gluten free hot dogs, hamburgers, sausage and pepper heroes, products from Kozy Shack, and even the gluten free beer Redbridge. Therefore, even when it’s not Celiac Awareness Night, there’s always something to eat for gluten free fans at Citi Field. For Burkhardt, the feedback he has gotten from fans can be as simple and yet so profound as, “My son can eat at the game,” or “I don’t feel alone with celiac.” 

Celiac, an autoimmune disease affecting the small intestine and the body’s ability to absorb nutrients, is triggered by gluten, a protein found in wheat, barley, and rye. Symptoms may include unexplained weight loss, fatigue, and bloating. It is estimated that 1 in 133 Americans suffer from it yet 95% of those cases go undiagnosed. In fact, one of the most dramatic chapters of “Born Minus,” the memoir of Armand Miele, the publisher emeritus of The Rockland County Times, occurs when his serious health problems were finally diagnosed as celiac 30 years ago. There is no cure for celiac and the only treatment for it is to stay on a gluten free diet although Dr. Green reports that the Celiac Disease Center is currently researching non-dietary therapies for celiac in addition to studying why the rates of diagnosis are lower in the United States versus other countries.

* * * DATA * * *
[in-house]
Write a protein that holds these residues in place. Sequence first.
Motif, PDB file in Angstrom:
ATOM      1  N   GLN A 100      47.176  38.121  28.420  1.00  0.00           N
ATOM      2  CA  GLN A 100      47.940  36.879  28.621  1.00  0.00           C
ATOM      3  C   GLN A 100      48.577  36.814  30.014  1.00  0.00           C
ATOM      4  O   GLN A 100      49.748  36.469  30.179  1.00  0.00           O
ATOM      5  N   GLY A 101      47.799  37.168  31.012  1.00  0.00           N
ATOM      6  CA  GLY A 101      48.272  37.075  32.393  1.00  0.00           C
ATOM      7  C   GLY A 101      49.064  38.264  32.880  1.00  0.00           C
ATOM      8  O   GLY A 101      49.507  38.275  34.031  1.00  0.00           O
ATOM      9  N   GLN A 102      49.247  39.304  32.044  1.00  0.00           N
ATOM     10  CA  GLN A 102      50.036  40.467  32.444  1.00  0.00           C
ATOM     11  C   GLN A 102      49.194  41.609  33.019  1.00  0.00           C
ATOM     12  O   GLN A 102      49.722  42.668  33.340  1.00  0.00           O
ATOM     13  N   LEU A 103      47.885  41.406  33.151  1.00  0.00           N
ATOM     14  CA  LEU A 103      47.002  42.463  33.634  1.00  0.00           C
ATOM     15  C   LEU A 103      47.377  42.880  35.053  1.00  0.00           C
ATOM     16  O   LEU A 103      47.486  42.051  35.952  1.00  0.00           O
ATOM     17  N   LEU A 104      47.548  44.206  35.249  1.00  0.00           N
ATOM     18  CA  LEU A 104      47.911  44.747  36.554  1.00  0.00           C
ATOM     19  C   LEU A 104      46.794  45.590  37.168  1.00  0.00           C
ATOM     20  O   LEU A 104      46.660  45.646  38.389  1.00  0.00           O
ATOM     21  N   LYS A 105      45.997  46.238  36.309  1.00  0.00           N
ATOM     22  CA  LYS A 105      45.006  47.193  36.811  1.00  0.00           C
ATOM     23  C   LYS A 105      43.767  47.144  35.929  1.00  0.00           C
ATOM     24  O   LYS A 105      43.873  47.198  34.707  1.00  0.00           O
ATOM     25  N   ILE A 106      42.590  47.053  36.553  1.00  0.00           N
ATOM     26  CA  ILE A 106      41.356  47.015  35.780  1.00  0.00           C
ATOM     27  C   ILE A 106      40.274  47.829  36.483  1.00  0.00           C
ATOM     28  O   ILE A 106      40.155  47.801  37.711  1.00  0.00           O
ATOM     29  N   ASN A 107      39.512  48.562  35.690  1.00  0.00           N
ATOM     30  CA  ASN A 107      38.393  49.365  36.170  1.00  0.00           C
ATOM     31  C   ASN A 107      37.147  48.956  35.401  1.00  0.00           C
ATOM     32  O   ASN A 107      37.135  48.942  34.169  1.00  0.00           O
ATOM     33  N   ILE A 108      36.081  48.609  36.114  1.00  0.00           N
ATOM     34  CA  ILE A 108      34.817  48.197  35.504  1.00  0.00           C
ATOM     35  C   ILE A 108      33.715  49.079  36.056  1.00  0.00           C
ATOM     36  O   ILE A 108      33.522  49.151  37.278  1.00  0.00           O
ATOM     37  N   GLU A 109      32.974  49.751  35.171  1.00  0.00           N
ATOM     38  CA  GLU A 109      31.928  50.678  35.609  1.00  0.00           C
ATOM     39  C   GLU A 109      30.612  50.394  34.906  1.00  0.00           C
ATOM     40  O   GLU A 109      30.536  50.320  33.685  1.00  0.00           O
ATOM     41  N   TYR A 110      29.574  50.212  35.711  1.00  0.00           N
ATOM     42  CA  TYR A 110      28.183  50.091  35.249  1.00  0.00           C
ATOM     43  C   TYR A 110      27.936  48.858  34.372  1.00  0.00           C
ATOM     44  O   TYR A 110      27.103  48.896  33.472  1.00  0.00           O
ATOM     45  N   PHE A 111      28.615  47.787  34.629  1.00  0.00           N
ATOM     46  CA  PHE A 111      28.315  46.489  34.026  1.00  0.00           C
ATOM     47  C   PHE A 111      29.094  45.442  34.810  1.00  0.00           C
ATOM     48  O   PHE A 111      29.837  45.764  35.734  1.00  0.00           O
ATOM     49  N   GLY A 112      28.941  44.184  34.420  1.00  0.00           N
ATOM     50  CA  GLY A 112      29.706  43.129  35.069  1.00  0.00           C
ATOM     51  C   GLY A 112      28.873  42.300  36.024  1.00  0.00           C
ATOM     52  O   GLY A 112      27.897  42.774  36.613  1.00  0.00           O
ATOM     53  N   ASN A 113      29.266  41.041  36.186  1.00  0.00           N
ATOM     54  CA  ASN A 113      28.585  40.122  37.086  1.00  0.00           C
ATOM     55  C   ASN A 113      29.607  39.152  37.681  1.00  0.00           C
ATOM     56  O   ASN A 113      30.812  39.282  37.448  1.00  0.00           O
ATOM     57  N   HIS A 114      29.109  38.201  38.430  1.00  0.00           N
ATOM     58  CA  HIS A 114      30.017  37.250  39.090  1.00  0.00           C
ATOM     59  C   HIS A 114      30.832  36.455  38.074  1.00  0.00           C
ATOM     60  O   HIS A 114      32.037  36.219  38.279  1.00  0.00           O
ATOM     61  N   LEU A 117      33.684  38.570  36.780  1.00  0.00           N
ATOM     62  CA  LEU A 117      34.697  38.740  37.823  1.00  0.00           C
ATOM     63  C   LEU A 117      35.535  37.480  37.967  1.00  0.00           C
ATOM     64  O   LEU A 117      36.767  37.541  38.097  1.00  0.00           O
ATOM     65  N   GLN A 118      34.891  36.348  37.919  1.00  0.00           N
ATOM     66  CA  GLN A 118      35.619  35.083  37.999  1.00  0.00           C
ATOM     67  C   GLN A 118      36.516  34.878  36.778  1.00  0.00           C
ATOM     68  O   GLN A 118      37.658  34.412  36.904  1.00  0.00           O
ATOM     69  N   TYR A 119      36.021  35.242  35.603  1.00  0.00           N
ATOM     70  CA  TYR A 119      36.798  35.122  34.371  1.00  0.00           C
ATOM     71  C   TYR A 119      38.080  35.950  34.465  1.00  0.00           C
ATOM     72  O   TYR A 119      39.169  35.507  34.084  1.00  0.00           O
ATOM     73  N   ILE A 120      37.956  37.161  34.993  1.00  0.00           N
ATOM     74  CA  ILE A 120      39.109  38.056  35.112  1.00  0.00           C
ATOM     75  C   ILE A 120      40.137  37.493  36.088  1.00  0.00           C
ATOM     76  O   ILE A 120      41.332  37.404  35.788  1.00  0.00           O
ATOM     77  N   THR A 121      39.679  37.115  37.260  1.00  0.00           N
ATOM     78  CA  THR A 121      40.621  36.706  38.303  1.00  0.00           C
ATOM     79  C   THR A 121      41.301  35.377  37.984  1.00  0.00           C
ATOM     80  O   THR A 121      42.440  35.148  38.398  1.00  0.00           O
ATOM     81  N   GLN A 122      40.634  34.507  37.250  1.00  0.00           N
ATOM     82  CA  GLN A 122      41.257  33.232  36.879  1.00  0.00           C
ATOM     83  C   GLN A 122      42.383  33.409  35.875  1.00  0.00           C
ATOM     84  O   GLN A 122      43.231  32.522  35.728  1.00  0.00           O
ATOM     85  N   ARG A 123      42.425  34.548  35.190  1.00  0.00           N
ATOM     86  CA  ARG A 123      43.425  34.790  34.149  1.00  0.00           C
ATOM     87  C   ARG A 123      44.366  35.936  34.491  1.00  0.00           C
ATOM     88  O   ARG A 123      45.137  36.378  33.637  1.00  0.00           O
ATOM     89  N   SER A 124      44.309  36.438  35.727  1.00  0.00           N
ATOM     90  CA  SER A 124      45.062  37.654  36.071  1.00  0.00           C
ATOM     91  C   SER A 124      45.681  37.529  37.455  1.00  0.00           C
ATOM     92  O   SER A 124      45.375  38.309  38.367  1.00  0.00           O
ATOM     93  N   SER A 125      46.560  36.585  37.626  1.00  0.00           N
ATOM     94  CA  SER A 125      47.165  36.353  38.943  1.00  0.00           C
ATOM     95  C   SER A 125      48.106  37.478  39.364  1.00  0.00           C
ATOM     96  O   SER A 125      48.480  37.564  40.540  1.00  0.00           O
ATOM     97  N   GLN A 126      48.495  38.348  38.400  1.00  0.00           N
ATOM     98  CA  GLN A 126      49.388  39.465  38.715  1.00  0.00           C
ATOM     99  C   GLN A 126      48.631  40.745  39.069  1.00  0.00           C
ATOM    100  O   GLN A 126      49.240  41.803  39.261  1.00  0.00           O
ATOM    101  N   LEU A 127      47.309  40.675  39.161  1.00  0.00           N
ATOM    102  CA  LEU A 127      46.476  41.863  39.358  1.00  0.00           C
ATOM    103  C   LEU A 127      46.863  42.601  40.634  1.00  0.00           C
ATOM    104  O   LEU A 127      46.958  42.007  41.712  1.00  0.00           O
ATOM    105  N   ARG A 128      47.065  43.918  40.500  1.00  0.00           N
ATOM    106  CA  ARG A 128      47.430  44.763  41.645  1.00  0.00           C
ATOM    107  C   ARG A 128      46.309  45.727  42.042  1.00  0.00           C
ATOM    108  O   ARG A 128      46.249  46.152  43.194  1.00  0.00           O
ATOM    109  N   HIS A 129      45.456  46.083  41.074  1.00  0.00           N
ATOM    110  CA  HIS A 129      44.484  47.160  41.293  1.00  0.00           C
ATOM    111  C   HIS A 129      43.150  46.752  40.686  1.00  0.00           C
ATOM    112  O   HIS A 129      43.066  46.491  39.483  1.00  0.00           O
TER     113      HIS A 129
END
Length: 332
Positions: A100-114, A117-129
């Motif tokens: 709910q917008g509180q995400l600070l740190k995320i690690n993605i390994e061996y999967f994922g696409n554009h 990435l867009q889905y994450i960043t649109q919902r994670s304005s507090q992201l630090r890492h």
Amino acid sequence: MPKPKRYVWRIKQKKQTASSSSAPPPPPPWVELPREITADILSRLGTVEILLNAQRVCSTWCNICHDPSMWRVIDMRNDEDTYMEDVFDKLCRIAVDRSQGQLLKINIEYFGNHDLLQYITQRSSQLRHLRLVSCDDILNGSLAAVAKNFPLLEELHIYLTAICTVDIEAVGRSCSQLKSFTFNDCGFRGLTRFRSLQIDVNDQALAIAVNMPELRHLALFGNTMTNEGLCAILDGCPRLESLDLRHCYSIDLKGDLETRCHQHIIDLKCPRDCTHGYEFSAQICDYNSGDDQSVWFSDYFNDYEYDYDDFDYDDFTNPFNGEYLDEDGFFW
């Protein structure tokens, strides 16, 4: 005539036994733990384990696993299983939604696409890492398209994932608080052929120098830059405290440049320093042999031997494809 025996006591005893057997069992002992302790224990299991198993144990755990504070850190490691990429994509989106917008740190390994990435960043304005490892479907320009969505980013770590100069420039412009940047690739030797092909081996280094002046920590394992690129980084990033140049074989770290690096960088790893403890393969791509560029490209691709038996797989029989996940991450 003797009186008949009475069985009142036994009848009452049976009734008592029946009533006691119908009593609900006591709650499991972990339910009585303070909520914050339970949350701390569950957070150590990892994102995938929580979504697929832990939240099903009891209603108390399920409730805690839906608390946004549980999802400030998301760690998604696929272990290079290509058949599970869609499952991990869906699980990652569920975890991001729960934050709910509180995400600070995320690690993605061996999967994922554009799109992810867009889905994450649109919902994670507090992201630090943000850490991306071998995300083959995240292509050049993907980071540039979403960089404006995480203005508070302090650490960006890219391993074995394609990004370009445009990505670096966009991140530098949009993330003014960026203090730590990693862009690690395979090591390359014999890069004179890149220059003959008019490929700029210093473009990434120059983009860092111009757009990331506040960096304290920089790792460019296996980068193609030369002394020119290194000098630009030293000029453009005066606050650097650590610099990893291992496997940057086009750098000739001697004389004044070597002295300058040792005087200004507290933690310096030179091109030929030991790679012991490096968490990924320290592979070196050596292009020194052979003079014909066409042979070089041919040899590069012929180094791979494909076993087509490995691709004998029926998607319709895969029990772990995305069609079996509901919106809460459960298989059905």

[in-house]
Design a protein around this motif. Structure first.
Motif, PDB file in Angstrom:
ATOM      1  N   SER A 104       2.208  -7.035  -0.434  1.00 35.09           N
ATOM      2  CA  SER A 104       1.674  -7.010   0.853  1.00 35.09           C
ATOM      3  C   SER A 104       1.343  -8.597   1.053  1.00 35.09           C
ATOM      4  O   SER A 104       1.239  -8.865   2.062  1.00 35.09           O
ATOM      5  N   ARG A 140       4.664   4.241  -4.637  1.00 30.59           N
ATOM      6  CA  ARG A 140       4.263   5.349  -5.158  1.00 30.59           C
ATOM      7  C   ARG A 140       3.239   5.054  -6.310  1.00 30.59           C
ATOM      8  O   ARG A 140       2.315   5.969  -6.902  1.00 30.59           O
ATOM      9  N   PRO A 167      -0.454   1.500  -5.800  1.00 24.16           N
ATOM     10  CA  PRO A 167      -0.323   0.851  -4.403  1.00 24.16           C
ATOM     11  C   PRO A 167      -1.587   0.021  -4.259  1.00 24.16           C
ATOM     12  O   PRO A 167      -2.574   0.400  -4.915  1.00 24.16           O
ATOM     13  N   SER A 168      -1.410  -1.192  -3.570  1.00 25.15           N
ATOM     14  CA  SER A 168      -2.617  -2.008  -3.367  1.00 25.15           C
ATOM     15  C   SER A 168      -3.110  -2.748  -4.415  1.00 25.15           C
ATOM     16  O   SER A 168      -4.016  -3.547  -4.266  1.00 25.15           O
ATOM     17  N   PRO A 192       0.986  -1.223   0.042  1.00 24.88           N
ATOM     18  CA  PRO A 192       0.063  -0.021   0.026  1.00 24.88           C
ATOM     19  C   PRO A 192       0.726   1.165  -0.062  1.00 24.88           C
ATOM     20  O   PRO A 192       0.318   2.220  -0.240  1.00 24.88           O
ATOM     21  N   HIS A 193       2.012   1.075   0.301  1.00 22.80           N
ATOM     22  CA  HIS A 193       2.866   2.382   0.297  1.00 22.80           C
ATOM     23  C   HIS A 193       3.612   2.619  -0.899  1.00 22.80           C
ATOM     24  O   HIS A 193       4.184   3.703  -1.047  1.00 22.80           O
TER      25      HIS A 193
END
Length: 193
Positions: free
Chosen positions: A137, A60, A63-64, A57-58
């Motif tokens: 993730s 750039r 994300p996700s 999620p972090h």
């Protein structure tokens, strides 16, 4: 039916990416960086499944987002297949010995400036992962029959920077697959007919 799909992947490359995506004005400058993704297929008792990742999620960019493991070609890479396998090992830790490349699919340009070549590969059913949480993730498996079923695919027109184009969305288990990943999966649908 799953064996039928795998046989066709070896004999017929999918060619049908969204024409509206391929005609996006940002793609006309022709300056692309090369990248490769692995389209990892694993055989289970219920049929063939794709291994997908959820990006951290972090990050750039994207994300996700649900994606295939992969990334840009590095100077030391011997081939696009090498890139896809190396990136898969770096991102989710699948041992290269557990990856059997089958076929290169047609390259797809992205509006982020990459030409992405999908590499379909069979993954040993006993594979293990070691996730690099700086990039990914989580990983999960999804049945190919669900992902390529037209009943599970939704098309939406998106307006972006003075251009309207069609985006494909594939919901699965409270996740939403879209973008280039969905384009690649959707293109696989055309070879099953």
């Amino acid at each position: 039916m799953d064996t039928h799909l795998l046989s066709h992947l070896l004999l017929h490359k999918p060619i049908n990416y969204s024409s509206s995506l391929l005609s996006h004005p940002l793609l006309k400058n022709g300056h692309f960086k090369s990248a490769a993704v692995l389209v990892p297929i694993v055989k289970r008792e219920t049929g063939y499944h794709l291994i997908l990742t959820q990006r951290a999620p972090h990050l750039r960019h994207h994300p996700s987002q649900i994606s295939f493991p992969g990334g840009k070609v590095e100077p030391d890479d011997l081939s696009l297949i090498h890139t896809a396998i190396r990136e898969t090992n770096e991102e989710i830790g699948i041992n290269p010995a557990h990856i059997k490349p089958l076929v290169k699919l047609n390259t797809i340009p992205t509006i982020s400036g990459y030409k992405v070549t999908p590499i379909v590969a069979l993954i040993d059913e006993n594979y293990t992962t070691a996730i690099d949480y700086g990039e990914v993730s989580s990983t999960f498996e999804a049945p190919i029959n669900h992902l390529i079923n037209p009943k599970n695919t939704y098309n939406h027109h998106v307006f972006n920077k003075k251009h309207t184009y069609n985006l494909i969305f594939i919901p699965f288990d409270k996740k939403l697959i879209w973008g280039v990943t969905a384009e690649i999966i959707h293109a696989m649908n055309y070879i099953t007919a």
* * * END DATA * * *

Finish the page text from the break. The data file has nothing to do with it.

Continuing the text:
Dr. Green was effusive in his gratitude to Ms. Albertelli for organizing the evening at the Mets game, saying, “She is amazing as she continually organizes functions that greatly benefit the Celiac Disease Center at Columbia University. She is tireless in her efforts.”